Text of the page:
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Wondering what the next trend is in Gin? Well look no further! Leading bartender and author of the The Curious Bartender’s Gin Palace, Tristan Stephenson, gives us some insight into the current trends in Gin and offers us a recipe for one of his favorite Gin cocktails.

Over the last number of years, Gin has exploded in popularity, evoking a kind of patriotism and return to old British values, while also speaking of flavorful botanicals and of place and provenance. As more bespoke Gin bars open up and customers look for more experiences from the Gin category, it doesn’t look like the popularity of this spirit is going anywhere! So here are a few current Gin trends to know and some tips on how to use them in your bar.

Current Trends

The Classic Gin & Tonic

Besides the relentless glow of new Gin brands peppering our back bars, the current trends in Gin remain largely focused around the humble Gin and Tonic. Helped along by a steady influx of tonic water brands and line extensions of existing brands, the potential number of Gin and Tonic permutations out there has drifted well into the millions. Some would argue that every Gin has, somewhere out there, a perfect tonic to pair with it. While working them out sounds like a long and fun experiment, I’m more of the mind to stick with one Gin brand and select my tonic based on mood and occasion. For me, I like to pair juniper-forward Gins with the most bitter tonic waters, amplifying the natural bitter sweet characteristics of the berry. Gins that lean towards floral or citrus characteristics need a similarly citrus-driven approach where tonic water is concerned.

Garnish trends

Once upon a time, a lemon slice was seen as a sign of a good Gin and Tonic craftsmanship and a lime wedge was just showing off! Now though, it’s not unusual to find a veritable fruit/vegetable/spice salad decorating the effervescent surface of your glacial (in temperature and size) copa glass. The G&T is no longer a simple drink composed of two ingredients, but a cocktail derived from two liquids, each with their own array of flavors, decorated with more flavorful ingredients. It is in danger of becoming a mess.

I was served a G&T garnished with juniper berries the other day, which at first seemed like a nice touch, but as I ventured further in to glass they became distracting. Not so much through their repeated attempts to invade my mouth but in the flavor and aroma that they began to impart. So I asked myself, if the Gin already contained the right amount of juniper flavor, surely these berries threatened to unbalance things?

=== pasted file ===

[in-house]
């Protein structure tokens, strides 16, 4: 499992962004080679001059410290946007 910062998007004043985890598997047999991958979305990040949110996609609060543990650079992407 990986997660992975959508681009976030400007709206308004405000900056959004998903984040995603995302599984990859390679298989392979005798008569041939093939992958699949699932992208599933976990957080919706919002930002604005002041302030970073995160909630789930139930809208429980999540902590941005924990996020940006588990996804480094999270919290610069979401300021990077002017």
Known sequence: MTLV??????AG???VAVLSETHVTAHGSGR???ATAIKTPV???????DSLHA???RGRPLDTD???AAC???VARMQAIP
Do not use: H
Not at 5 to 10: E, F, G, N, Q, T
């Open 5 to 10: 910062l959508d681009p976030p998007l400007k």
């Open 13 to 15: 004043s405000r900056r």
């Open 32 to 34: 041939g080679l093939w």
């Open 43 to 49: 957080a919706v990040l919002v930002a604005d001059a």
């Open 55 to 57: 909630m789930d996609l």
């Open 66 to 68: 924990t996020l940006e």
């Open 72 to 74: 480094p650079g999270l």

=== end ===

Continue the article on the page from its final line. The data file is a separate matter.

It’s for this reason that I view the garnishing of a Gin and Tonic in the same way that I view "other" Gin botanicals. By "other" I mean the botanicals that are not juniper, which is of course is the only botanical that is essential to Gin production and the one that should (by law) be the dominant flavor. In the past, these "other" botanicals were used to bolster certain facets of the juniper flavor spectrum—coriander seed for citrus notes, angelica for woodiness, licorice for earthiness, and so on (or not in the case of Tanqueray London Dry Gin, which is composed only of those four botanicals). Garnishes should perform the same role. They should elevate and celebrate, not cause chaos and imbalance.

To this end, I recommend using woody herbs like rosemary, sage, and thyme for garnishing bright and citrus-driven Gins. Use citrus (lime, lemon, grapefruit) for classic Gins with lots of juniper flavor. For delicate and floral Gins it’s tempting to say don’t garnish them at all, although soft fruits and vegetables (raspberry, cucumber) can work nicely.

Innovating Classic Gin Cocktails

However, Gin isn’t only for Gin and Tonics. It still has a role to play in classic cocktails too and, after all, Gin is featured in more classics from the early twentieth century than any other spirit. The emergence of boutique Vermouth brands and new releases from old ones is helping to drive new innovation in old recipes.

Some of my favorite classic cocktails to serve are:

My Salted Gin Rickey Recipe

Another favorite Gin recipe of mine is the Salted Gin Rickey. The original Rickey was a Bourbon-based drink born in the 1880s. A few years later, as Dry Gin became more readily available in the US, the ingredients were swapped out and the Gin Rickey became one of the most popular drinks of the 1890s.

The key to making a good one is to forget about the Collins or the Fizz, to which the Rickey is often mistakenly considered the lime equivalent of. A true Rickey should contain no sugar and be served ice cold. The salt in the drink actually does the same job that sugar normally does; it buffers the acidity of the lime and gives a pleasant mineral balance to the cocktail.


Build over ice in a small frozen highball.

Stir for ten seconds and garnish with a couple of kaffir lime leaves.

(*One standard drink contains 0.6 fluid ounces of alcohol)